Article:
In the previous blog we have created a test RFC module. We now will expose this test RFC module as web service. This blog assumes the basic SOAP web service runtime has been done according to the manual in this blog.
Questions that will be answered are:
- How can I generate a web service design time based on an RFC module?
- How do I activate the web service runtime via SOAMANAGER?
- How do I test my web service?
Creating the web service based on RFC module
Goto transaction SE80 and search for the test BAPI:
Now right click on the name ZBAPIDEMO function module and select the option Create / Enterprise Service:
Fill out the name for the service definition and the description. Press Cont. to continue to the next screen:
Press Cont to go to the next step:
Press Cont. to go to the next screen:
Fill out your package and transport request.
Important here: on a sandbox you might want to use a local object ($TMP). In a development system, NEVER use the local option. A lot of data structures and coding will be generated. If you later try to move the objects from $TMP to a real package, you will be faced with a lot of issues. See note 886682 - Proxy inconsistencies on the use of repair programs SXIVERI_PROXY_HASHID_CHECK and SXIVERI_PROXY_HASHID_CHECK_70. After the cumbersome and painfull repair you will not make the mistake again...
Press Cont. to goto the last screen:
On the screen you can already see the next action after completion: SOAMANAGER. But first press Complete to start the generation of the objects.
After the generation, do not forget to Activate the objects!
Activation success message:
Setting up the runtime with SOAMANAGER
To setup the runtime, start transaction SOAMANAGER. It is assumed that the basis team has performed the initial SOAP runtime setup. If not done, ask the basis team to follow the steps in this blog.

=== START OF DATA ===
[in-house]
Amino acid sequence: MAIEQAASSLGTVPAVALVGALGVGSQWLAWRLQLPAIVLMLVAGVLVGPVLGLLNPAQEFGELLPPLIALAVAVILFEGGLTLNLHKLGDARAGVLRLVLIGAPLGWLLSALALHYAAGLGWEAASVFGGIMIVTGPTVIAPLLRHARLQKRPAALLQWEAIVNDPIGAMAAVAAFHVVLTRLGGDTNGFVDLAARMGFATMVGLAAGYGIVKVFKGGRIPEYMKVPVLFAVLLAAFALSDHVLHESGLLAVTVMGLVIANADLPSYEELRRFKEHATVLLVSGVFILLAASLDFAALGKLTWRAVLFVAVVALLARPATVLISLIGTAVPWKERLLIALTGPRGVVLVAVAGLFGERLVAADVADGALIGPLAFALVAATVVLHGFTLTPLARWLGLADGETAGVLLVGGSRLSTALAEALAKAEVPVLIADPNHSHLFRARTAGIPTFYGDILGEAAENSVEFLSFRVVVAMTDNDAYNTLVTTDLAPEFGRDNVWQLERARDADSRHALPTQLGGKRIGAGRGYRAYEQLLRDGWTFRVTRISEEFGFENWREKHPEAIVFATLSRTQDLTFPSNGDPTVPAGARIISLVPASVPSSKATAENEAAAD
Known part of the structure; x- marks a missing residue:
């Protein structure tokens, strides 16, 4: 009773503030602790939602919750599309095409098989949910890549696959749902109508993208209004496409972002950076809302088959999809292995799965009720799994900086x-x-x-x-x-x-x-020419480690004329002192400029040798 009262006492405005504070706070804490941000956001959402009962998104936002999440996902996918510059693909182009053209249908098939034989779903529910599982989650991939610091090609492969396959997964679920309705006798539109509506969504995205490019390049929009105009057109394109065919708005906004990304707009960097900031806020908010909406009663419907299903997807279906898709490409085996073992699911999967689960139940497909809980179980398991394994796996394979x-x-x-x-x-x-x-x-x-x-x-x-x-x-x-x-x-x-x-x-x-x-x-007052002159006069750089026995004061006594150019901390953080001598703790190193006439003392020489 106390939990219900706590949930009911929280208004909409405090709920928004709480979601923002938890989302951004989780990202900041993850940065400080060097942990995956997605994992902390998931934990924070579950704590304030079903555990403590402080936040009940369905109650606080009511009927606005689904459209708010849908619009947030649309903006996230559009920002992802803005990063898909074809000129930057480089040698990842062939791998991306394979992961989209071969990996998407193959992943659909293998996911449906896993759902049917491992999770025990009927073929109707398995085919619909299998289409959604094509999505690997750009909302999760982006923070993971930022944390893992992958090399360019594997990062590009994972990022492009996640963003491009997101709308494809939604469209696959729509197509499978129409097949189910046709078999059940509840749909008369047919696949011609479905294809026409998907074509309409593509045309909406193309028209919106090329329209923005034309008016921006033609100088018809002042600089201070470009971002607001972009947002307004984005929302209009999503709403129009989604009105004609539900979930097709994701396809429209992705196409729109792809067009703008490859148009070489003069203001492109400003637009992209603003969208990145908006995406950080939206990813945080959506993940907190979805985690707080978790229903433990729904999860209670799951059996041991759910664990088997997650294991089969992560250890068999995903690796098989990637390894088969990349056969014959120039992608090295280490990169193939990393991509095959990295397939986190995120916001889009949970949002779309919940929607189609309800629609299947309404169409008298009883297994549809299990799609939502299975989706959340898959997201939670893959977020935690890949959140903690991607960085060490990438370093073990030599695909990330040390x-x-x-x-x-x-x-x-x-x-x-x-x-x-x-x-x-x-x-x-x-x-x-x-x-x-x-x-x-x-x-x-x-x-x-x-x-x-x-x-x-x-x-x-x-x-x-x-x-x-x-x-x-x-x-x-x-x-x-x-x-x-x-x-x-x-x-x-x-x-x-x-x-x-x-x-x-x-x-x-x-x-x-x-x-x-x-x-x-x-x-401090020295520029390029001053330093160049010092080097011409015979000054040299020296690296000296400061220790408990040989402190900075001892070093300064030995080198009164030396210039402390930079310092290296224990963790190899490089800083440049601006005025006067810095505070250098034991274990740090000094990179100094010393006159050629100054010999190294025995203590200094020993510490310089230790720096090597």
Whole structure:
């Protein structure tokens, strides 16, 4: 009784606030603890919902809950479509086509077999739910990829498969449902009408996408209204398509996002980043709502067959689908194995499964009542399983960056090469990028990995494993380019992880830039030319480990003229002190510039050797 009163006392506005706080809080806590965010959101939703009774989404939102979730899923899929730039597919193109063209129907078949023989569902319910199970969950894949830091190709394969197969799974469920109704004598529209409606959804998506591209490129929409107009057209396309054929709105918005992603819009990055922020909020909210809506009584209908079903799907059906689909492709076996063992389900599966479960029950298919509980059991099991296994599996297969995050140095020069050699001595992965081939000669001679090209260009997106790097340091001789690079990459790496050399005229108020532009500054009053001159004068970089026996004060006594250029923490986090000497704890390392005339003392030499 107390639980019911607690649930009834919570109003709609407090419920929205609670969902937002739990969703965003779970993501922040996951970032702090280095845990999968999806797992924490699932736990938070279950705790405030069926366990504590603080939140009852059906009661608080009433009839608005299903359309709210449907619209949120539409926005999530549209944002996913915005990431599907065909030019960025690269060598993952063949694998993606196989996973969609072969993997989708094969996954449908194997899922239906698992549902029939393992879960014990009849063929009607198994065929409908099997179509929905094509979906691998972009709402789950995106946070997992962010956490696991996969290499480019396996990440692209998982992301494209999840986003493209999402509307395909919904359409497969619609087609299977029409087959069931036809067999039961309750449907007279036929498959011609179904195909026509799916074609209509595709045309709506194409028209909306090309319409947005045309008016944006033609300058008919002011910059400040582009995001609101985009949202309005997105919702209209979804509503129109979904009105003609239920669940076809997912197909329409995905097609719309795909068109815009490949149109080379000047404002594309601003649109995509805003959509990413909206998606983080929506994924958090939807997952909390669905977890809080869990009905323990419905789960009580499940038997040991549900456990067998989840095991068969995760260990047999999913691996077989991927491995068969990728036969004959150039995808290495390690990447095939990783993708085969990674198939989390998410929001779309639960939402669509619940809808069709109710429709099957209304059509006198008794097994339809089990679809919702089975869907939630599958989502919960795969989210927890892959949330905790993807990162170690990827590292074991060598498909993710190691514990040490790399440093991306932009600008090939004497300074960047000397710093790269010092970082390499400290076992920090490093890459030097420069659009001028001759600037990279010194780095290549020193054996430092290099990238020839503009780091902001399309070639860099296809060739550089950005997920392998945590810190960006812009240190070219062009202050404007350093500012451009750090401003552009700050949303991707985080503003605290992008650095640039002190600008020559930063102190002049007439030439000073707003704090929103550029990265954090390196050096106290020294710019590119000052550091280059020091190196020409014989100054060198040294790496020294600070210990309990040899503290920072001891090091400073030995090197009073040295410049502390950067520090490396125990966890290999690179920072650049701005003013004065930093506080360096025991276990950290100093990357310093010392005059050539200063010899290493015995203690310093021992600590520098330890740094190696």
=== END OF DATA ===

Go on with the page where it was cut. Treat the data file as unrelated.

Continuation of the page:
On the SOAMANAGER start screen choose the option Web Service Configuration:
In the next screen search for the design time object we created and activated in the previous section (if you forgot the activate, you will not find it now…):
Select the service and on the next screen press the button Create Service:
Fill out the definition details:
Press Next and define the security settings:
Remark: in the newer versions, the default security is set to high. If you need lower security, go back to SE80 definition in the tab configuration to change the security profile (save and regenerate!):
Press next and define the SOAP protocol settings:
On the last screen of the wizard press finish:
Wait for the runtime generation to finish.
The screen returns to the generated runtime artefacts:
The most important artefact is WSDL file which you can open from here.
Testing the service
Goto transaction SE80 and select the Enterprise Services Browser (if not visible goto menu path Utilities/Settings and add the tool):
Now open your service by clicking the Open Object button and search for the service in the second tab:
Check that the WSDL file is properly showing:
If ok, press the test button (F8) to start the test tool:
On the next screen first press the XML editor button to allow the content to be changed:
Now press execute to test. The result:
Web service security
The functionality security of the web service is the same as for the generic RFC handling (see blog on this).
The technical security of web services is mainly driven from the security settings in SOAMANAGER. There you can set the transport protocol security and you can indicate if you want simple user ID / password security or work with additional certificates for server to server authentication.
The user calling the SAP web service must have the authorization object S_SERVICE. In S_SERVICE you can define the specific web service it needs to be able to call.
Troubleshooting web services security issues
For troubleshooting web services note 2321968 – SOAP Web Service Security Troubleshooting refers to a very extensive SAP site for web service security issues troubleshooting.
Monitoring web services
For monitoring web services, read this dedicated blog.